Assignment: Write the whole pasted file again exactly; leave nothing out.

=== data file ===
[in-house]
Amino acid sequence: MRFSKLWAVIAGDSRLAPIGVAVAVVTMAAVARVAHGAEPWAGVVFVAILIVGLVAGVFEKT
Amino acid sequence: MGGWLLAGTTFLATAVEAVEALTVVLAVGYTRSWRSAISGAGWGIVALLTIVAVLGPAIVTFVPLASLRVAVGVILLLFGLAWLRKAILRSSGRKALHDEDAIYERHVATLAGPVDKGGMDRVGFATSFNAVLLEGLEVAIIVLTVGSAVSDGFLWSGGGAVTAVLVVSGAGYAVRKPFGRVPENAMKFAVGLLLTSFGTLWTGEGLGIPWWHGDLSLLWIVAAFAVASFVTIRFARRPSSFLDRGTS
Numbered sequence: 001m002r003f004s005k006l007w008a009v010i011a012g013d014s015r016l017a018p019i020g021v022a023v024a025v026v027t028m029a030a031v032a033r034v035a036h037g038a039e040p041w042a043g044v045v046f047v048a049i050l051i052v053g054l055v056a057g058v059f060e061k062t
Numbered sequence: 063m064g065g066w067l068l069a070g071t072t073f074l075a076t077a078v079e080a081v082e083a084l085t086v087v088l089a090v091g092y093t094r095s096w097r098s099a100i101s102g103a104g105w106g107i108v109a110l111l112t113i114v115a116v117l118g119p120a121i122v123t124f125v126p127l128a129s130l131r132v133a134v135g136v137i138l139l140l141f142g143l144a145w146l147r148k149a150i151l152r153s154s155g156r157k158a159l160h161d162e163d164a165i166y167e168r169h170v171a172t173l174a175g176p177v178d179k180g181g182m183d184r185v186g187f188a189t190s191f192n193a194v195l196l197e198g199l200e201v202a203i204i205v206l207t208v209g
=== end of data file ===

[in-house]
Amino acid sequence: MRFSKLWAVIAGDSRLAPIGVAVAVVTMAAVARVAHGAEPWAGVVFVAILIVGLVAGVFEKT
Amino acid sequence: MGGWLLAGTTFLATAVEAVEALTVVLAVGYTRSWRSAISGAGWGIVALLTIVAVLGPAIVTFVPLASLRVAVGVILLLFGLAWLRKAILRSSGRKALHDEDAIYERHVATLAGPVDKGGMDRVGFATSFNAVLLEGLEVAIIVLTVGSAVSDGFLWSGGGAVTAVLVVSGAGYAVRKPFGRVPENAMKFAVGLLLTSFGTLWTGEGLGIPWWHGDLSLLWIVAAFAVASFVTIRFARRPSSFLDRGTS
Numbered sequence: 001m002r003f004s005k006l007w008a009v010i011a012g013d014s015r016l017a018p019i020g021v022a023v024a025v026v027t028m029a030a031v032a033r034v035a036h037g038a039e040p041w042a043g044v045v046f047v048a049i050l051i052v053g054l055v056a057g058v059f060e061k062t
Numbered sequence: 063m064g065g066w067l068l069a070g071t072t073f074l075a076t077a078v079e080a081v082e083a084l085t086v087v088l089a090v091g092y093t094r095s096w097r098s099a100i101s102g103a104g105w106g107i108v109a110l111l112t113i114v115a116v117l118g119p120a121i122v123t124f125v126p127l128a129s130l131r132v133a134v135g136v137i138l139l140l141f142g143l144a145w146l147r148k149a150i151l152r153s154s155g156r157k158a159l160h161d162e163d164a165i166y167e168r169h170v171a172t173l174a175g176p177v178d179k180g181g182m183d184r185v186g187f188a189t190s191f192n193a194v195l196l197e198g199l200e201v202a203i204i205v206l207t208v209g